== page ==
A very long time ago, so long ago we listened to music on vinyl and people still used typewriters, I had a very good writing instructor at City College of San Francisco. He was a published writer, and was very good about the nuts and bolts of writing: grammatical, thematic, plot development, all of it. He also didn’t hesitate to critique what he felt didn’t work, which didn’t endear him to some of the more sensitive students.
He talked to us about how creating a story was like giving birth to a baby. You presented your baby to the world and wanted people to say “How beautiful! Gorgeous! How very darling!” And instead people say things like, “your baby’s too fat,” or “her eyes are too close together,” or “what’s wrong with your baby’s mouth?”
It’s instinctive to clutch your baby back as if from kidnappers. “What?! Not my baby!”
I always loved that metaphor. It still amuses me. He explained to us that criticism was part of the writing process.
He had known Joyce Carol Oates when he was younger, and told us a few stories about her, before they had a falling out over something small. (But then, other people’s fallings out often seem minor, don’t they?)
So for years I’ve thought, some day I’ll try reading Joyce Carol Oates. I hear her name mentioned on the short list for a Nobel, and I know she’s incredibly prolific. Earlier this summer I looked at her oeuvre on a couple web sites, jotted down notes on some of the more highly regarded works, and went to Books, Inc. on Van Ness which, of course, had few of the books listed. But I picked up a couple anyway: i am no one you know (short stories)and Wild Nights! (fictional accounts of the last days of Poe, Dickinson, Twain, James, and Hemingway).
The first story I read was “Me and Wolfie, 1979.” One of the characters is called “me,” which I thought was an interesting device. It was about a woman and her young teen son, after a break up, rambling from town to town, and their “manic-depressed,” “teeth-grinding” lives of desperation, leading to parts like this:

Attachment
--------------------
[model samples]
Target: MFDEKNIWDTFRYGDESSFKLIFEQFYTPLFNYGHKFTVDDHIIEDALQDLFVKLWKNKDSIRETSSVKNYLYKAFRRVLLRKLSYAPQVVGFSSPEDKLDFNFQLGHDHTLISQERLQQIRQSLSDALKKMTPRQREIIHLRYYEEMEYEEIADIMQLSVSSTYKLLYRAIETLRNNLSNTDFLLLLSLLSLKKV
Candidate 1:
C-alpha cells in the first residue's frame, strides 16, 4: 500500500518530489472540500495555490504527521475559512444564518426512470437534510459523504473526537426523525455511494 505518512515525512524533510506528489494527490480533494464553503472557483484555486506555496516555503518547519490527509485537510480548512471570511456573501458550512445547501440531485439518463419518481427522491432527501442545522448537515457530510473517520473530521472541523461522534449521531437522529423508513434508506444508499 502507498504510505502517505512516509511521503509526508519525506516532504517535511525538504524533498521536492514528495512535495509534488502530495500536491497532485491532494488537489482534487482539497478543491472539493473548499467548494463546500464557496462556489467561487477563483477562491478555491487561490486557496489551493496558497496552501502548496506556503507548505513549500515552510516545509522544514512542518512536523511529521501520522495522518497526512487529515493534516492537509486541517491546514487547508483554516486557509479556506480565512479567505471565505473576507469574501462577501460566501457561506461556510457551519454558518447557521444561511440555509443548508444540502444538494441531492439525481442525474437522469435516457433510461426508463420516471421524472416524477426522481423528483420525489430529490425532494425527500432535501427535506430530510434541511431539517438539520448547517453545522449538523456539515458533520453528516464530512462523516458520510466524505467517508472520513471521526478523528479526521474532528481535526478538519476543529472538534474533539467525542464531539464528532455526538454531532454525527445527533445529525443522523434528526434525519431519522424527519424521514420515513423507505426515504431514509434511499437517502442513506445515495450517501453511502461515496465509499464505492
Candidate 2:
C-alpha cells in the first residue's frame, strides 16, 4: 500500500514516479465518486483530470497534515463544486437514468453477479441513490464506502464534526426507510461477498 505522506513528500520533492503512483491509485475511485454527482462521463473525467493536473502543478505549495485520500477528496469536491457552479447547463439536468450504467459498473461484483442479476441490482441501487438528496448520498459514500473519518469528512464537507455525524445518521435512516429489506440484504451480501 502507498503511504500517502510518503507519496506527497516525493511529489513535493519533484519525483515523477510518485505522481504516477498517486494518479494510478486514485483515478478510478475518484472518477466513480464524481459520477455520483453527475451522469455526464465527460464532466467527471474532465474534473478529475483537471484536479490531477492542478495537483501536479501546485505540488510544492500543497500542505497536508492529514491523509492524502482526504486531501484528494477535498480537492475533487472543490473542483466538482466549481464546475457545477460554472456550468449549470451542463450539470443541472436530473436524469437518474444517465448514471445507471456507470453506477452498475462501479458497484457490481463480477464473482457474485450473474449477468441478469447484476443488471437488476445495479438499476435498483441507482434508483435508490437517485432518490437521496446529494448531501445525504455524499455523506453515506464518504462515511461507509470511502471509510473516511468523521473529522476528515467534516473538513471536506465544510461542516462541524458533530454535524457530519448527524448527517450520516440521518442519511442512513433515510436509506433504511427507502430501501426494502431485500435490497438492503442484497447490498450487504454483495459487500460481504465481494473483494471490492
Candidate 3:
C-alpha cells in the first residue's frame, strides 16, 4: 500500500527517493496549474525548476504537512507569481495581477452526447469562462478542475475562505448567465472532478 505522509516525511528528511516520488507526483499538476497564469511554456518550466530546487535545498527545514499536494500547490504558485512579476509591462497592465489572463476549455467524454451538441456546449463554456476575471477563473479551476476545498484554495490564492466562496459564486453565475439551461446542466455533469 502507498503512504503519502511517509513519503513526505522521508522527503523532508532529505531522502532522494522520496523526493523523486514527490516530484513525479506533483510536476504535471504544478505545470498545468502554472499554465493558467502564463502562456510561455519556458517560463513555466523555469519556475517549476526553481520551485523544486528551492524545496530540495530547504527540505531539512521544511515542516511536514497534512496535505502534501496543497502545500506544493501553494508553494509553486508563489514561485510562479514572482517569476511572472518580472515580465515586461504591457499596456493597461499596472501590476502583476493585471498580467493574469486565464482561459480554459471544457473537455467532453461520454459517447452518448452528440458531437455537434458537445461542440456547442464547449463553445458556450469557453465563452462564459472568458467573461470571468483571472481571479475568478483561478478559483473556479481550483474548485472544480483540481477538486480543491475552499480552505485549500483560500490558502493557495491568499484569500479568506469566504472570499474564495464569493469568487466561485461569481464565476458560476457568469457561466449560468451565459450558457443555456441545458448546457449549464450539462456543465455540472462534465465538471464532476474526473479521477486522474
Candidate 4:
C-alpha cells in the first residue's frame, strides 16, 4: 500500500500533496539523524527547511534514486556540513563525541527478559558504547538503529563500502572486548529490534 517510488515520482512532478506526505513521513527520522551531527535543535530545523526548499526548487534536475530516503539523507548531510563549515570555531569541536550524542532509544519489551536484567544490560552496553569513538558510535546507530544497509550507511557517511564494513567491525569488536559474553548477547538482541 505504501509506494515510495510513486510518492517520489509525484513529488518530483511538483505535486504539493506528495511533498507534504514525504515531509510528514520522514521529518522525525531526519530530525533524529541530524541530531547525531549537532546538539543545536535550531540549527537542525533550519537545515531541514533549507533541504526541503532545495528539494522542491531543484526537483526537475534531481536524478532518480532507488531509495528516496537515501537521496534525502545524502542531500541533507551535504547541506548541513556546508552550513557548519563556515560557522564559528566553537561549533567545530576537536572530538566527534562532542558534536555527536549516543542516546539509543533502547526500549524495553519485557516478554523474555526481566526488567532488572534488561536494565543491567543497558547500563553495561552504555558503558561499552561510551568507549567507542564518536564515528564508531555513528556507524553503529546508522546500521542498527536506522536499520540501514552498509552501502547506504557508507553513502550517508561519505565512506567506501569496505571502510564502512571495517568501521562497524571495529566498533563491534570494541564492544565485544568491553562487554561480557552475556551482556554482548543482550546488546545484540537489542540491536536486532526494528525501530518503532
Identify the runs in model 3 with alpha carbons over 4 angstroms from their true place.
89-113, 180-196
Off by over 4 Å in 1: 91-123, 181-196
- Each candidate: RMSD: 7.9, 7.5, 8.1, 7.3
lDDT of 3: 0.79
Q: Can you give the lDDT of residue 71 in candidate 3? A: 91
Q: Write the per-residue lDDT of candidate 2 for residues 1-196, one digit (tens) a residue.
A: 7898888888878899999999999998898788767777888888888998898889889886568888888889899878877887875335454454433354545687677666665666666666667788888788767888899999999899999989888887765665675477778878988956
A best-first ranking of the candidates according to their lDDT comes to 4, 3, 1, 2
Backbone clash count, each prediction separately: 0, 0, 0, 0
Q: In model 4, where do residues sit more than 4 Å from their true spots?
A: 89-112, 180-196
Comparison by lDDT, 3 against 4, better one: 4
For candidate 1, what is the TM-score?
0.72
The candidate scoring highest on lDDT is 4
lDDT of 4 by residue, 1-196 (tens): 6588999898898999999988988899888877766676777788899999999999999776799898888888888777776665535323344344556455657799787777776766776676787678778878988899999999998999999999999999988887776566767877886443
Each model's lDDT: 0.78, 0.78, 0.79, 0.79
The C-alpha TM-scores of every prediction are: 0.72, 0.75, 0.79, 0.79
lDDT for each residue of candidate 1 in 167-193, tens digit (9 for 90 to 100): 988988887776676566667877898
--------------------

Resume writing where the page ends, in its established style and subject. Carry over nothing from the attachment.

That Saturday night in Olcott there was a strong wind & pelting rain & Wolfie was awakened about 2 a.m. by a sound of broken glass & his mother screaming. “Get away! God damn you! Get out of here! You fucker!” Wolfie thought: It’s a man. The tattoo freak. There’d been a signal between them Wolfie hadn’t comprehended, the guy must have come after Wolfie was in bed & Me had let him inside, in secret, as sometimes Me did with guys, & Wolfie stumbled in pajamas into the hall outside his room, already he was smelling whiskey, spilled whiskey, this was a smell he knew though he hadn’t smelled it yet in Olcott. Wolfie heard a sound of struggle, another scream of Me’s, & a deeper angry voice he believed he heard, & heavy footsteps, & more breaking glass, & standing in the doorway of her dim-lighted room there was Me naked holding a sheet against her sweat-gleaming body.
There’s a scene in a cemetery and gratitude they aren’t in “some massive extended family.” I wasn’t nuts about the story, but I do like how she didn’t over-explain things, opting for terse story-telling, which forces your own inferences.
I also tried “Fugitive” about interracial marriage driven asunder by cultural differences, and then “Curly Red,” another story about interracial tension involving family betrayal and justice. “In Hiding,” about a poet and professor corresponding with a prison inmate and finally “I’m Not Your Son, I Am No One You Know,” a painful little story about visiting an old folks’ home and seeing a loathed teacher.
I now get why her stories are compared to the horror genre and called “gothic.” There’s a creepiness permeating them. Maybe it’s just this collection, I thought. I’ll pick up Wild Nights.